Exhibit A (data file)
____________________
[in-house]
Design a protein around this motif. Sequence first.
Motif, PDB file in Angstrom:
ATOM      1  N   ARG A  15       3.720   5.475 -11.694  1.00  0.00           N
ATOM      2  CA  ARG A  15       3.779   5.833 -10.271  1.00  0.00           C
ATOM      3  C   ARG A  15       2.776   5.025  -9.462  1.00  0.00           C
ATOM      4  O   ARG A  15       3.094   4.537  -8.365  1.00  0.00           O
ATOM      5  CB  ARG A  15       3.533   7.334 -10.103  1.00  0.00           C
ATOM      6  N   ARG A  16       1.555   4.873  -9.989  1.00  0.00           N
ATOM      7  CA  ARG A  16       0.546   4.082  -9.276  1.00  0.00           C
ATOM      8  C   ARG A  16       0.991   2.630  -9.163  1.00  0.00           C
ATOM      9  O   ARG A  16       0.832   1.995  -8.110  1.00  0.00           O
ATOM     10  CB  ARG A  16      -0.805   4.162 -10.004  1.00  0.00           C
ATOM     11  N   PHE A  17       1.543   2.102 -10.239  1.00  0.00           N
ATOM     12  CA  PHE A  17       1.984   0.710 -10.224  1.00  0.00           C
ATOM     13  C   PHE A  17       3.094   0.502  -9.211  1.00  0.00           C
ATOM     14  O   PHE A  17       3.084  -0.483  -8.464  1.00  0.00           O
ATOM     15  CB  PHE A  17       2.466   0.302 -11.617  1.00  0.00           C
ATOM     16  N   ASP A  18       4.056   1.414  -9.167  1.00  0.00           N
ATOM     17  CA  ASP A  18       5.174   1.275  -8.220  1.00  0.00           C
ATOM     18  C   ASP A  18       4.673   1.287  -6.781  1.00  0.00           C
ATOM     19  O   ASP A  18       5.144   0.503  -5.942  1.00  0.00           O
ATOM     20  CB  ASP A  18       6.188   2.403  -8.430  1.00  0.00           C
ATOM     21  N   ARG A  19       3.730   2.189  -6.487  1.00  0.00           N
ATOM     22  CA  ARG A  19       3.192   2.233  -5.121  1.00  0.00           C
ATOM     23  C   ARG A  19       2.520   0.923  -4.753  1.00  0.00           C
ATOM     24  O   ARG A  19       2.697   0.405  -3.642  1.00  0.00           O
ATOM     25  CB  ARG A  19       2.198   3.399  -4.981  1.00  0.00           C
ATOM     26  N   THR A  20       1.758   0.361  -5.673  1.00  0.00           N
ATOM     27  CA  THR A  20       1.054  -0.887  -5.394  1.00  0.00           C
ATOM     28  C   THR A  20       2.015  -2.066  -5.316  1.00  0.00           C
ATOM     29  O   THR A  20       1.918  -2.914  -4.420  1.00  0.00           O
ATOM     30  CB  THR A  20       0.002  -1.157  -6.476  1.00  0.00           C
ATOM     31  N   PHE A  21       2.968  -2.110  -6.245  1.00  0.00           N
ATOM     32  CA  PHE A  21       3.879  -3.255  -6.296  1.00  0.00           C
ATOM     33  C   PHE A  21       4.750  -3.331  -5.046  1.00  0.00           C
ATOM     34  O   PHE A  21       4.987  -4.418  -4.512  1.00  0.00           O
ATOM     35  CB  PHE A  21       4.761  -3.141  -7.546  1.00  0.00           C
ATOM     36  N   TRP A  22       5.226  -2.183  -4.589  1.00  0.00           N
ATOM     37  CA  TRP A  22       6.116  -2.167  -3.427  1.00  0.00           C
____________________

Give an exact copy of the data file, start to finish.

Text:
[in-house]
Design a protein around this motif. Sequence first.
Motif, PDB file in Angstrom:
ATOM      1  N   ARG A  15       3.720   5.475 -11.694  1.00  0.00           N
ATOM      2  CA  ARG A  15       3.779   5.833 -10.271  1.00  0.00           C
ATOM      3  C   ARG A  15       2.776   5.025  -9.462  1.00  0.00           C
ATOM      4  O   ARG A  15       3.094   4.537  -8.365  1.00  0.00           O
ATOM      5  CB  ARG A  15       3.533   7.334 -10.103  1.00  0.00           C
ATOM      6  N   ARG A  16       1.555   4.873  -9.989  1.00  0.00           N
ATOM      7  CA  ARG A  16       0.546   4.082  -9.276  1.00  0.00           C
ATOM      8  C   ARG A  16       0.991   2.630  -9.163  1.00  0.00           C
ATOM      9  O   ARG A  16       0.832   1.995  -8.110  1.00  0.00           O
ATOM     10  CB  ARG A  16      -0.805   4.162 -10.004  1.00  0.00           C
ATOM     11  N   PHE A  17       1.543   2.102 -10.239  1.00  0.00           N
ATOM     12  CA  PHE A  17       1.984   0.710 -10.224  1.00  0.00           C
ATOM     13  C   PHE A  17       3.094   0.502  -9.211  1.00  0.00           C
ATOM     14  O   PHE A  17       3.084  -0.483  -8.464  1.00  0.00           O
ATOM     15  CB  PHE A  17       2.466   0.302 -11.617  1.00  0.00           C
ATOM     16  N   ASP A  18       4.056   1.414  -9.167  1.00  0.00           N
ATOM     17  CA  ASP A  18       5.174   1.275  -8.220  1.00  0.00           C
ATOM     18  C   ASP A  18       4.673   1.287  -6.781  1.00  0.00           C
ATOM     19  O   ASP A  18       5.144   0.503  -5.942  1.00  0.00           O
ATOM     20  CB  ASP A  18       6.188   2.403  -8.430  1.00  0.00           C
ATOM     21  N   ARG A  19       3.730   2.189  -6.487  1.00  0.00           N
ATOM     22  CA  ARG A  19       3.192   2.233  -5.121  1.00  0.00           C
ATOM     23  C   ARG A  19       2.520   0.923  -4.753  1.00  0.00           C
ATOM     24  O   ARG A  19       2.697   0.405  -3.642  1.00  0.00           O
ATOM     25  CB  ARG A  19       2.198   3.399  -4.981  1.00  0.00           C
ATOM     26  N   THR A  20       1.758   0.361  -5.673  1.00  0.00           N
ATOM     27  CA  THR A  20       1.054  -0.887  -5.394  1.00  0.00           C
ATOM     28  C   THR A  20       2.015  -2.066  -5.316  1.00  0.00           C
ATOM     29  O   THR A  20       1.918  -2.914  -4.420  1.00  0.00           O
ATOM     30  CB  THR A  20       0.002  -1.157  -6.476  1.00  0.00           C
ATOM     31  N   PHE A  21       2.968  -2.110  -6.245  1.00  0.00           N
ATOM     32  CA  PHE A  21       3.879  -3.255  -6.296  1.00  0.00           C
ATOM     33  C   PHE A  21       4.750  -3.331  -5.046  1.00  0.00           C
ATOM     34  O   PHE A  21       4.987  -4.418  -4.512  1.00  0.00           O
ATOM     35  CB  PHE A  21       4.761  -3.141  -7.546  1.00  0.00           C
ATOM     36  N   TRP A  22       5.226  -2.183  -4.589  1.00  0.00           N
ATOM     37  CA  TRP A  22       6.116  -2.167  -3.427  1.00  0.00           C